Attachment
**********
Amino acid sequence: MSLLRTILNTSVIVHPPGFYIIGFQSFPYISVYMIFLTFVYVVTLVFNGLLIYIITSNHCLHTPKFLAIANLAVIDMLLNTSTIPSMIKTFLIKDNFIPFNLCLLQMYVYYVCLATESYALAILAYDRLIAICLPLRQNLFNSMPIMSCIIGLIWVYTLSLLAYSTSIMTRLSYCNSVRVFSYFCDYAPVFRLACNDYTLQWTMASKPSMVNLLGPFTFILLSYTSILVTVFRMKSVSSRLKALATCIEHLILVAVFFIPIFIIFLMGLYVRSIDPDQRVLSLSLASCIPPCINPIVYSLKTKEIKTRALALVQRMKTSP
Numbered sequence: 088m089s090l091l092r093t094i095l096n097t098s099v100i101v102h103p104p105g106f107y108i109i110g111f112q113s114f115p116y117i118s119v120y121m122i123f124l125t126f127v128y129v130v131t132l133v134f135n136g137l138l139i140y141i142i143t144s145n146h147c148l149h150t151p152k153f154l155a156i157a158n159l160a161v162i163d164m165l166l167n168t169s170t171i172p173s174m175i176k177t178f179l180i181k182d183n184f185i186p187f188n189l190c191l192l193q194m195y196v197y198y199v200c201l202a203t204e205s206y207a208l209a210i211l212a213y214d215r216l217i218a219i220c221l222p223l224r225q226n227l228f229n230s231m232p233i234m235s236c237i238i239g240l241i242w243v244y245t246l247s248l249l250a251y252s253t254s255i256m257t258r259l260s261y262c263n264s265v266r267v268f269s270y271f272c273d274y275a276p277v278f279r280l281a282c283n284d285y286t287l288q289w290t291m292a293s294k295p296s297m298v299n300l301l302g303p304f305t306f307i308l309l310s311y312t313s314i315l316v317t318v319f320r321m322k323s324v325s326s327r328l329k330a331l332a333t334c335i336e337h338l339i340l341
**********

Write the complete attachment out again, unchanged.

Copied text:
Amino acid sequence: MSLLRTILNTSVIVHPPGFYIIGFQSFPYISVYMIFLTFVYVVTLVFNGLLIYIITSNHCLHTPKFLAIANLAVIDMLLNTSTIPSMIKTFLIKDNFIPFNLCLLQMYVYYVCLATESYALAILAYDRLIAICLPLRQNLFNSMPIMSCIIGLIWVYTLSLLAYSTSIMTRLSYCNSVRVFSYFCDYAPVFRLACNDYTLQWTMASKPSMVNLLGPFTFILLSYTSILVTVFRMKSVSSRLKALATCIEHLILVAVFFIPIFIIFLMGLYVRSIDPDQRVLSLSLASCIPPCINPIVYSLKTKEIKTRALALVQRMKTSP
Numbered sequence: 088m089s090l091l092r093t094i095l096n097t098s099v100i101v102h103p104p105g106f107y108i109i110g111f112q113s114f115p116y117i118s119v120y121m122i123f124l125t126f127v128y129v130v131t132l133v134f135n136g137l138l139i140y141i142i143t144s145n146h147c148l149h150t151p152k153f154l155a156i157a158n159l160a161v162i163d164m165l166l167n168t169s170t171i172p173s174m175i176k177t178f179l180i181k182d183n184f185i186p187f188n189l190c191l192l193q194m195y196v197y198y199v200c201l202a203t204e205s206y207a208l209a210i211l212a213y214d215r216l217i218a219i220c221l222p223l224r225q226n227l228f229n230s231m232p233i234m235s236c237i238i239g240l241i242w243v244y245t246l247s248l249l250a251y252s253t254s255i256m257t258r259l260s261y262c263n264s265v266r267v268f269s270y271f272c273d274y275a276p277v278f279r280l281a282c283n284d285y286t287l288q289w290t291m292a293s294k295p296s297m298v299n300l301l302g303p304f305t306f307i308l309l310s311y312t313s314i315l316v317t318v319f320r321m322k323s324v325s326s327r328l329k330a331l332a333t334c335i336e337h338l339i340l341